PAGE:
Acoustic Sounds

The Dare

The Sex EP



The Dare 'The Sex EP' album cover

Label: Republic

Produced By: Harrison Patrick Smith

Engineered By: Harrison Patrick Smith and Nick Sylvester

Mixed By: Lars Stalfors

Mastered By: Ruairi O'Flaherty

The Dare's Borrowed Nostalgia For The Hardly-Remembered 2000s

'The Sex EP' is hedonism manifested in its dumbest form, taken to its absolute dumbest conclusion

“I’m losing my edge…to the art school Brooklynites in little jackets… and borrowed nostalgia for the unremembered 80s.”

When a then-32-year-old James Murphy uttered that line on LCD Soundsystem’s 2002 debut single “Losing My Edge,” it was about the millennial hipsters taking over New York City, recycling culture and fashion from a quarter-century before. Unlike their aesthetic predecessors, they didn’t have to work hard to find anything; they were “internet seekers who can tell me every member of every good group from 1962 to 1978,” obtaining instantly what previous generations like Murphy’s spent years looking for. That early-00s era marked the beginning of pop culture’s obsession with the 80s, a still-ongoing period of cultural stagnation attributed to the proliferation of capitalism and the resulting widening wealth gaps (leftist cultural theorist Mark Fisher) or the way the internet has accelerated culture and made its history so accessible—too accessible (music critic Simon Reynolds). “[Online], you can flit from the archaic to the up-to-the-minute in a click. The result, culturally, is a paradoxical combination of speed and standstill,” Reynolds wrote in his 2011 book Retromania: Pop Culture’s Addiction to Its Own Past.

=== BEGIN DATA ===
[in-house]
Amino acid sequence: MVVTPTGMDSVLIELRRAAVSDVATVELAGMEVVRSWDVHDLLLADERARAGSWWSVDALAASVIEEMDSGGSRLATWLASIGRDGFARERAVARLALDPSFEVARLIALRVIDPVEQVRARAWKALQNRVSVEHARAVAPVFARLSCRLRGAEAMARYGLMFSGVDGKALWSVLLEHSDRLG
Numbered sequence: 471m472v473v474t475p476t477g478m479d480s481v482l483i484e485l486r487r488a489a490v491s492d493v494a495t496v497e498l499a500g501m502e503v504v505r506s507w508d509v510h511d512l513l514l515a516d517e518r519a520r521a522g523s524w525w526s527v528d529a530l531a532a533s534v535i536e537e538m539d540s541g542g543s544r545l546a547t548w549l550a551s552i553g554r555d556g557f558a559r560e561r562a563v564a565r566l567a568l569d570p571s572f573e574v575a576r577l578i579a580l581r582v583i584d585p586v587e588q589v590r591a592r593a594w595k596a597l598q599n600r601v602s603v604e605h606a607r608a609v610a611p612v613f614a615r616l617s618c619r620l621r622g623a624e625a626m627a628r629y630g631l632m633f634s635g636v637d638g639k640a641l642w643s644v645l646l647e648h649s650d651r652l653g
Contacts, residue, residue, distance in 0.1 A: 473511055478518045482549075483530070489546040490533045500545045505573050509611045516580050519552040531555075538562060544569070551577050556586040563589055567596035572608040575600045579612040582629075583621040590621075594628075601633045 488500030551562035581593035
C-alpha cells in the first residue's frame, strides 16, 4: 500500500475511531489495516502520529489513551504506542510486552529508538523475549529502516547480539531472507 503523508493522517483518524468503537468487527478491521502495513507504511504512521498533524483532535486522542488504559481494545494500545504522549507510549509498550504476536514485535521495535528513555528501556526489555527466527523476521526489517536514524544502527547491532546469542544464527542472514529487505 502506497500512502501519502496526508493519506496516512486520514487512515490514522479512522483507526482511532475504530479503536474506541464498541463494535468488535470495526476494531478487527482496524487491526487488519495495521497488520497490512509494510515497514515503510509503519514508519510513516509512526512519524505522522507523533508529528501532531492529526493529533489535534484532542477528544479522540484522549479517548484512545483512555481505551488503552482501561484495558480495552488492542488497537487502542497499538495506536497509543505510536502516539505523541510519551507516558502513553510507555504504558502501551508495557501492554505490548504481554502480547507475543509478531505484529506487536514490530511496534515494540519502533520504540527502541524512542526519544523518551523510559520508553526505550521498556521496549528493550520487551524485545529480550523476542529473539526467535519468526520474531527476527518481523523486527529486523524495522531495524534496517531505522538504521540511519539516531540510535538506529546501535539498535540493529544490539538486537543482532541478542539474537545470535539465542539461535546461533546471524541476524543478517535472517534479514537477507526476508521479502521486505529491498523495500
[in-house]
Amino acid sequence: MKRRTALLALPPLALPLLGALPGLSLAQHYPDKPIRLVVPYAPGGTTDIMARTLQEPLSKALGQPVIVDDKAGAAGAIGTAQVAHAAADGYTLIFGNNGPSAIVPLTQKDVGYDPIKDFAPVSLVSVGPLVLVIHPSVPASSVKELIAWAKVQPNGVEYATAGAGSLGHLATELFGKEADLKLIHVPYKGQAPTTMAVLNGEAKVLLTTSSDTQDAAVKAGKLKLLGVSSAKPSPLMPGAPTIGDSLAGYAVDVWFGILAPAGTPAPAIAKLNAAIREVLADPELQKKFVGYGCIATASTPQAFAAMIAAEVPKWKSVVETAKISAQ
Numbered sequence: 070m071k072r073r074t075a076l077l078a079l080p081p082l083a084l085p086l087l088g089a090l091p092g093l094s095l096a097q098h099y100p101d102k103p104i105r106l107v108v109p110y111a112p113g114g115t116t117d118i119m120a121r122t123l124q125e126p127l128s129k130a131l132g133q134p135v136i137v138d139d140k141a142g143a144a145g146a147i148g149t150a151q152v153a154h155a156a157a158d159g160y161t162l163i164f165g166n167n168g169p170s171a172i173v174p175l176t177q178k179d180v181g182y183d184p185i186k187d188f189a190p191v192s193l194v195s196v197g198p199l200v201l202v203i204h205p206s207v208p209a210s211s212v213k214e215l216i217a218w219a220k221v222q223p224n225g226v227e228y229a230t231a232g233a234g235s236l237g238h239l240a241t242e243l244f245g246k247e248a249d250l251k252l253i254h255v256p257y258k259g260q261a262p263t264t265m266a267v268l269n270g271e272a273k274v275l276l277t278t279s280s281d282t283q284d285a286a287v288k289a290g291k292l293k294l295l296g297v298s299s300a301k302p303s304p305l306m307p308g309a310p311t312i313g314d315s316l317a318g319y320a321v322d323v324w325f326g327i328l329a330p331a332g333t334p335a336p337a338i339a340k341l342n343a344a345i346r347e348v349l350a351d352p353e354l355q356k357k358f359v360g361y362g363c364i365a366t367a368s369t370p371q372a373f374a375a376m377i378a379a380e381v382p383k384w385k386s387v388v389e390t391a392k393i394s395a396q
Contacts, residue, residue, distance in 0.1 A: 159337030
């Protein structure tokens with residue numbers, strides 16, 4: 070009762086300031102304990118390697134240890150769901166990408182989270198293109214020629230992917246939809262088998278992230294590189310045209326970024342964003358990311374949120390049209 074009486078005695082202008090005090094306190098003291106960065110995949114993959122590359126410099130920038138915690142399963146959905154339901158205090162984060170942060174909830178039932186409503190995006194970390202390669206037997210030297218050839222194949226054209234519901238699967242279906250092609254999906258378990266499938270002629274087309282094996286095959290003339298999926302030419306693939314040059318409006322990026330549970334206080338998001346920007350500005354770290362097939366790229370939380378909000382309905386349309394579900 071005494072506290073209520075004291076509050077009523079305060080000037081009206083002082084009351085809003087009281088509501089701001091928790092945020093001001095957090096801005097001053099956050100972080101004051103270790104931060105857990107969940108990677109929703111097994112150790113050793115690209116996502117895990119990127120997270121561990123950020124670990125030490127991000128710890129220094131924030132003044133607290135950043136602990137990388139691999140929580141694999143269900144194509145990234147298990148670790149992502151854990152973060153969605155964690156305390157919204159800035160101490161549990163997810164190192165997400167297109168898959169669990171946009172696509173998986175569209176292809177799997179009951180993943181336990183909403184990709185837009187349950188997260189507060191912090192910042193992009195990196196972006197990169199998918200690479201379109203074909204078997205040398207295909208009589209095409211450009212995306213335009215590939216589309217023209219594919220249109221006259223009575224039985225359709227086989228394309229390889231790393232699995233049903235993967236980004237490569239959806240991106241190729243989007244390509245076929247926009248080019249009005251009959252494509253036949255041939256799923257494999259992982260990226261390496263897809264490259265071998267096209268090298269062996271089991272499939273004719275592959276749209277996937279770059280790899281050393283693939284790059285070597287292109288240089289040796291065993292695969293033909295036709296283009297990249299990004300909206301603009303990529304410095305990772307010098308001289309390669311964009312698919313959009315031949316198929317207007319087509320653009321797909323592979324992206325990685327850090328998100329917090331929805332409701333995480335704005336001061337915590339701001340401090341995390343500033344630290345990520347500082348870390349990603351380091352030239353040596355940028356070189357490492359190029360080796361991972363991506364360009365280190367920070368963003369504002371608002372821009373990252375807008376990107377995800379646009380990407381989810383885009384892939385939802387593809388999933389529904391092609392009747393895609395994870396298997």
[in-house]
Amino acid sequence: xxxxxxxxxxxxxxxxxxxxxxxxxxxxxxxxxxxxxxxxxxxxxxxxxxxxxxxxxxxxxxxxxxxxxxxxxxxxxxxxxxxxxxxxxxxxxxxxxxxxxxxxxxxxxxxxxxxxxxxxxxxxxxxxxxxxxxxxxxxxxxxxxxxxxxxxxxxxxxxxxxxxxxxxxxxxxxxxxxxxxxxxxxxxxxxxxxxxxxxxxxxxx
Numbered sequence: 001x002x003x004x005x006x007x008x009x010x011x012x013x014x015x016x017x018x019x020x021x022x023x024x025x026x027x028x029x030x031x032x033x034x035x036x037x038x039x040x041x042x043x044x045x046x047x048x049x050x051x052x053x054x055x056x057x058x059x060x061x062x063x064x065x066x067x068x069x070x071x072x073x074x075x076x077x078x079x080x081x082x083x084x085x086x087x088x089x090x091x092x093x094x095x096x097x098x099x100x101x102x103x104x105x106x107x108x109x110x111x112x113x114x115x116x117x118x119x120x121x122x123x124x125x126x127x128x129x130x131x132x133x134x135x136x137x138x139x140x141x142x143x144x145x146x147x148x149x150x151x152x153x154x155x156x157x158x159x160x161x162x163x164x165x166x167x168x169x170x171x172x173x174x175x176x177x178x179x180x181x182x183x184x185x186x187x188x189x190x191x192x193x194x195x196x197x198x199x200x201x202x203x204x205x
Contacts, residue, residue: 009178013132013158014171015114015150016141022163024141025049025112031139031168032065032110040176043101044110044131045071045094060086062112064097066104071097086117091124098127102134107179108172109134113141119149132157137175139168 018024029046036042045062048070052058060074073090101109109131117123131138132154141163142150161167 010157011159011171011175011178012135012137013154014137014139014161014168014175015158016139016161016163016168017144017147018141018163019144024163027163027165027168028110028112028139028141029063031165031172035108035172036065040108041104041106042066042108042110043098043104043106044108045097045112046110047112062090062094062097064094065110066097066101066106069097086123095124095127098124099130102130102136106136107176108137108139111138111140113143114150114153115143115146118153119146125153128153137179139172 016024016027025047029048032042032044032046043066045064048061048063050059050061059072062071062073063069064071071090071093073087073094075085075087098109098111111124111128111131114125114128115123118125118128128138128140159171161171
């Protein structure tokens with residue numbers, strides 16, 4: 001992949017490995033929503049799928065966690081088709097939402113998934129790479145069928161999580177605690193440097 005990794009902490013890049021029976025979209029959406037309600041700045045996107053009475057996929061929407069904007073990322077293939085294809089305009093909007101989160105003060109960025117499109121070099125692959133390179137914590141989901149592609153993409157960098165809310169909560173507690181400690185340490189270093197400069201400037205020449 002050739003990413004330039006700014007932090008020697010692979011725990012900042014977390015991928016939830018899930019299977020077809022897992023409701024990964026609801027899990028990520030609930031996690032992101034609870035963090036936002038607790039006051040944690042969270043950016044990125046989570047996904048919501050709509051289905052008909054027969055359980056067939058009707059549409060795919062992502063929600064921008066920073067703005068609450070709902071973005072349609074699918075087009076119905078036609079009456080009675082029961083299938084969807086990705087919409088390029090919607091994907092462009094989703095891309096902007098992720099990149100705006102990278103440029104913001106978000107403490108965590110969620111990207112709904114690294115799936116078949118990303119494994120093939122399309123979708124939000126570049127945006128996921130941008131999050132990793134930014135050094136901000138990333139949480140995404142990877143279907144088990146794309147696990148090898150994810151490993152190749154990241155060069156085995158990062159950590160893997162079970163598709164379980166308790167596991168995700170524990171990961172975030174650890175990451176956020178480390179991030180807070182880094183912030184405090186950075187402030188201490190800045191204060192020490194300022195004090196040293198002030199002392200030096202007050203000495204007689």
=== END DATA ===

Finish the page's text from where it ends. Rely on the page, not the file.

21 years later, Murphy’s line about the younger generation with “borrowed nostalgia for the unremembered 80s” remains prescient. Alongside the ongoing millennial-originated 80s retro obsession, Gen Z has mined everything the 90s has to offer from Slint to Britney Spears. At least for those who didn’t live it, the 90s seems like the last time where the technological future looked bright, but hadn’t yet rotted individual interactions or mass communications. The last time when something actually happened with real people doing real things with each other. After all, when was the last time you heard something new that felt almost completely detached from anything you’d ever heard before?